As Apple was launching the new Apple Watch 7, there was one unhappy viewer of the semi-live streamed event, Kosta Eleftheriou, the founder of FlickType. For the first time, Apple added a full on-screen keyboard to the watch and Eleftheriou alleges that the new keyboard looks similar to the one his company designed in 2018.

Three years ago, Eleftheriou and his partners had come up with a similar predictive keyboard, which was first designed for the visually impaired, elderly, and those who need help to send and receive messages seamlessly.

In 2019, Eleftheriou and the team had hopes that Apple would absorb their solution into the Apple ecosystem. According to some media reports, Apple’s head of keyboards loved his FlickType keyboard app for the Apple Watch, impressed with how few mistakes it made. Later on, however Eleftheriou received a message from Apple, which was contrary to his expectations.

In the course of one afternoon, the company had seemingly decided that Apple Watch keyboards were against the rules. The message from Apple indicated that his app would be removed from sale on the App store.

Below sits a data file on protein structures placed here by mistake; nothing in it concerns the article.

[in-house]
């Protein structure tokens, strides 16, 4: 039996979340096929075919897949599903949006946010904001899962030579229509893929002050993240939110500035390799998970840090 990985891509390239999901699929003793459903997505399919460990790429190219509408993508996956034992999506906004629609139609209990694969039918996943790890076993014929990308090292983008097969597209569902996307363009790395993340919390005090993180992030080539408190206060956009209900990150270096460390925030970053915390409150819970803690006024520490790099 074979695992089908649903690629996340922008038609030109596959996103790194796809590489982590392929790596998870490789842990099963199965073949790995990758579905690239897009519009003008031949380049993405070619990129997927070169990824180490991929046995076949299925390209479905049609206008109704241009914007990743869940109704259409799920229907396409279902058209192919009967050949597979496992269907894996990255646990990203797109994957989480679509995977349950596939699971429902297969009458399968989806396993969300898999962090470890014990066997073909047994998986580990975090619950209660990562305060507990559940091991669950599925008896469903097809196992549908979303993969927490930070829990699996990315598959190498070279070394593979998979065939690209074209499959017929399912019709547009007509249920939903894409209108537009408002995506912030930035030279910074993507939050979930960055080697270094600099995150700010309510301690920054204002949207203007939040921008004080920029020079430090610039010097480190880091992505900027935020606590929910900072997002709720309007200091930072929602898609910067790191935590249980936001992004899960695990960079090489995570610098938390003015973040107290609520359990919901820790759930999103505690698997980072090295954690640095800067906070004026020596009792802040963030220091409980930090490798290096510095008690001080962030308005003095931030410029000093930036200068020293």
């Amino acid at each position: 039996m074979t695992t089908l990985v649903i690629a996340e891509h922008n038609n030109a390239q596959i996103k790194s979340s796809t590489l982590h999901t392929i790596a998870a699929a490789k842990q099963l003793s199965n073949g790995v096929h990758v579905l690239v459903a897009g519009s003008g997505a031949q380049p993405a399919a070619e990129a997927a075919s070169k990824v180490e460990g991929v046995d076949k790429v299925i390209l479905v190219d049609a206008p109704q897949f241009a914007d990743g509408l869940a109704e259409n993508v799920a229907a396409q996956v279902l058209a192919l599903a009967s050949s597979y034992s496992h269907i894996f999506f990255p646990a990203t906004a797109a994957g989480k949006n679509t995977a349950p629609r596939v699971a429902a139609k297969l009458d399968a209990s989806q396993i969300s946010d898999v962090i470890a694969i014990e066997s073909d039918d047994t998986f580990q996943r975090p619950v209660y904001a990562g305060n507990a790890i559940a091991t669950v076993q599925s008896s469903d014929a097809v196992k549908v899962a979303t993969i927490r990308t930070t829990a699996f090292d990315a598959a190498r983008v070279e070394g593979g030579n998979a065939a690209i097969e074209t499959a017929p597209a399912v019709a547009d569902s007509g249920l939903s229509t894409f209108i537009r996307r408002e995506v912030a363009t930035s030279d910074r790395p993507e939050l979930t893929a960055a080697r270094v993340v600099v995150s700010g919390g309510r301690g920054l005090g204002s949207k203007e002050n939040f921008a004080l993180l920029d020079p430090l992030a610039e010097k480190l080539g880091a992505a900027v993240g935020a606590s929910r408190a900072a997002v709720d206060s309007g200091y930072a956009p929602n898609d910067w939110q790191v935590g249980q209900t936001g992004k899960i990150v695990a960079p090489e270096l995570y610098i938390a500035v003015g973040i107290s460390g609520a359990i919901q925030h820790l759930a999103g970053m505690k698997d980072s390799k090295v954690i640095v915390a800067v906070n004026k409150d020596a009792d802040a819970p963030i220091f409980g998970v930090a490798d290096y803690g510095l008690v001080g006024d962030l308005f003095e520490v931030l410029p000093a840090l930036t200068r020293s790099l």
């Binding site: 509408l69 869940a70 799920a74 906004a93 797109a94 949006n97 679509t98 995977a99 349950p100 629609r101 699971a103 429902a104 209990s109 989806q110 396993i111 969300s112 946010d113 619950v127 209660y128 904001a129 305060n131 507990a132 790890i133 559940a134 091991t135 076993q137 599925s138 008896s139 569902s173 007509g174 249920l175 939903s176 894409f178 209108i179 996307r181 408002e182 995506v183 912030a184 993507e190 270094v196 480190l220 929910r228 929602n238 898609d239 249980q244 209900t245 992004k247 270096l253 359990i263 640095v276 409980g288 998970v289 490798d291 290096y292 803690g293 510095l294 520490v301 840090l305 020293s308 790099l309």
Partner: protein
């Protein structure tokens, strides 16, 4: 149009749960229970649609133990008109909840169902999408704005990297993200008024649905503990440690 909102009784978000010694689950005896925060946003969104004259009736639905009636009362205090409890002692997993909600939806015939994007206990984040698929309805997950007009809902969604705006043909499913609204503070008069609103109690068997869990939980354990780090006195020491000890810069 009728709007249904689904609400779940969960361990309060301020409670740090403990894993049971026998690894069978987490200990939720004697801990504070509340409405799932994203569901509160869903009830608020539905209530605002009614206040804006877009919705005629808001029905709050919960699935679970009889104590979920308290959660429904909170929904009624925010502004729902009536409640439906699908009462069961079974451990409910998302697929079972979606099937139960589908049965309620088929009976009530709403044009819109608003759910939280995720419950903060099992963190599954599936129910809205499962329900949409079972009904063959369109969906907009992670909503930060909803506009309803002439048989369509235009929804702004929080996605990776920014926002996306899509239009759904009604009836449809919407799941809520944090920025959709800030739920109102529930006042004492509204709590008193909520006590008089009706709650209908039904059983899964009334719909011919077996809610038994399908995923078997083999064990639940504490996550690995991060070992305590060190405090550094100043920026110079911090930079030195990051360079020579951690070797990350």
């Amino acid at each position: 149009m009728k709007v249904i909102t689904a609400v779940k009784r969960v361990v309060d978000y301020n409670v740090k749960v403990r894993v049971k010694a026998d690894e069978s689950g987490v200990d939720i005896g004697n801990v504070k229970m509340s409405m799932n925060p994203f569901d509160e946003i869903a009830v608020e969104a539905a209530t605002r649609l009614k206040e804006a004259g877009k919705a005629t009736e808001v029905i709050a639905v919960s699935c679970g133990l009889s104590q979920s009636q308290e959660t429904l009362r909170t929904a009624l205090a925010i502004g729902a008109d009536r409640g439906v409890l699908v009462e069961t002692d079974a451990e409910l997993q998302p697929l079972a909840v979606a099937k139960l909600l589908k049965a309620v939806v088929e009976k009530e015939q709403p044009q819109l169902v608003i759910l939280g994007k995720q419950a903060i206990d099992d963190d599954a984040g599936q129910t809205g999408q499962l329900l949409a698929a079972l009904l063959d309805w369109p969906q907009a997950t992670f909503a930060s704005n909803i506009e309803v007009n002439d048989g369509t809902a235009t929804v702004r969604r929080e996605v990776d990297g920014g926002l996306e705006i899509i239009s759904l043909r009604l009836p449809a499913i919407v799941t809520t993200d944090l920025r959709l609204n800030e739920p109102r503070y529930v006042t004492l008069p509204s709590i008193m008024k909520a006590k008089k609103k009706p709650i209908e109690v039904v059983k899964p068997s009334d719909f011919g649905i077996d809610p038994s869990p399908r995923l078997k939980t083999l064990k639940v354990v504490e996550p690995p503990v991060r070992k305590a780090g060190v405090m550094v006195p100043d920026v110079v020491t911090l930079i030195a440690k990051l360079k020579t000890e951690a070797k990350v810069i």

It was one of the most popular paid watchOS apps in the App Store, for a short period of time, though Apple eventually took down the site – even after a series of appeals.

Apple has a long history of looking to its own app developers for inspiration, copying their ideas, and integrating them into its own operating systems for free. Eleftheriou has become one of Apple’s most vocal critics. His Twitter bio reads: “​​Professional App Store critic”. It has become his hobby to hunt down scam apps and call out the App Store’s failings.

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